Welfare reform : changing the way we account for taxes and benefits
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Citation:Rankin, K. (2010). Welfare reform: Changing the way we account for taxes and benefits. In M. C. Dale, S. St John, L. Humpage, M.OBrien, and J. Timmins (Eds.). Rethinking welfare for the 21st century: forum proceedings. 53-57. The University of Auckland, New Zealand.
Permanent link to Research Bank record:https://hdl.handle.net/10652/2163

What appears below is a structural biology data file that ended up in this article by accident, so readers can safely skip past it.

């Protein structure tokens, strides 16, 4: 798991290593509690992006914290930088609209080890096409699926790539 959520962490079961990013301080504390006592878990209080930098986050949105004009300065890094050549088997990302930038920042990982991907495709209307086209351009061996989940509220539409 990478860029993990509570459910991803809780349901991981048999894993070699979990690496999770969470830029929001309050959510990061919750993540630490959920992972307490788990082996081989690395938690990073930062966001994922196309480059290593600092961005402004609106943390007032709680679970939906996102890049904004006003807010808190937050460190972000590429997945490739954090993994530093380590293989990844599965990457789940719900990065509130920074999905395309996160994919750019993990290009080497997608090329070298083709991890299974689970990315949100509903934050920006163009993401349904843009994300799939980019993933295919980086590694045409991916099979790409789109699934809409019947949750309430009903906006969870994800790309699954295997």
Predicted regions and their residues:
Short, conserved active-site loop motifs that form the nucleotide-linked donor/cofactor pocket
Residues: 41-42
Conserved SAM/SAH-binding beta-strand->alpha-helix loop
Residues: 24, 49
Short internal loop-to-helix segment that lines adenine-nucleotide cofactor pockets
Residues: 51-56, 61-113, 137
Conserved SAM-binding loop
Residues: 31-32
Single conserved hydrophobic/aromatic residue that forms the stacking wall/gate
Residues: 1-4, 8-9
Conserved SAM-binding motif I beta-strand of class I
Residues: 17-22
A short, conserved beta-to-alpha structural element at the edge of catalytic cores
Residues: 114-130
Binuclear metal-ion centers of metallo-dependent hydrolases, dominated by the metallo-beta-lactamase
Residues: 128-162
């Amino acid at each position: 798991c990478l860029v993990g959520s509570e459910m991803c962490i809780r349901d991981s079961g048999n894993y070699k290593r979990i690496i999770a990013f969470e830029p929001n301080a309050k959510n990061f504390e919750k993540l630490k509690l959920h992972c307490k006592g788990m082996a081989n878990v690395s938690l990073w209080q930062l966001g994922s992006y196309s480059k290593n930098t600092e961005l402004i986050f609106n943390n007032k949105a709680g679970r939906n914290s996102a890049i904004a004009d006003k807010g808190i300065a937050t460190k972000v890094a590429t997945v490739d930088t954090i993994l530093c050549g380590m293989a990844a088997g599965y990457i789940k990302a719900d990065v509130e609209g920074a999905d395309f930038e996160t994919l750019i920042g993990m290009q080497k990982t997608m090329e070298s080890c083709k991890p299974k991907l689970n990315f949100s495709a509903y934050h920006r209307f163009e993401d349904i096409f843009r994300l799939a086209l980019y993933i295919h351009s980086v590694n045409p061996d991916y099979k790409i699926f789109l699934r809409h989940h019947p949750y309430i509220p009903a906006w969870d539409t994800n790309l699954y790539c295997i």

The issue of welfare reform is made difficult because of the boundaries we traditionally (yet implicitly) place between the tax system and the benefit system. To most economists, benefits are transfers, and transfers are equivalent to negative taxes. The key insight here is to turn this proposition on its head, to suggest that tax concessions are really benefits and should therefore be accounted for as such. Somewhat disconcertingly for many people, this means that almost all of us receive some income that can best be understood as benefits ...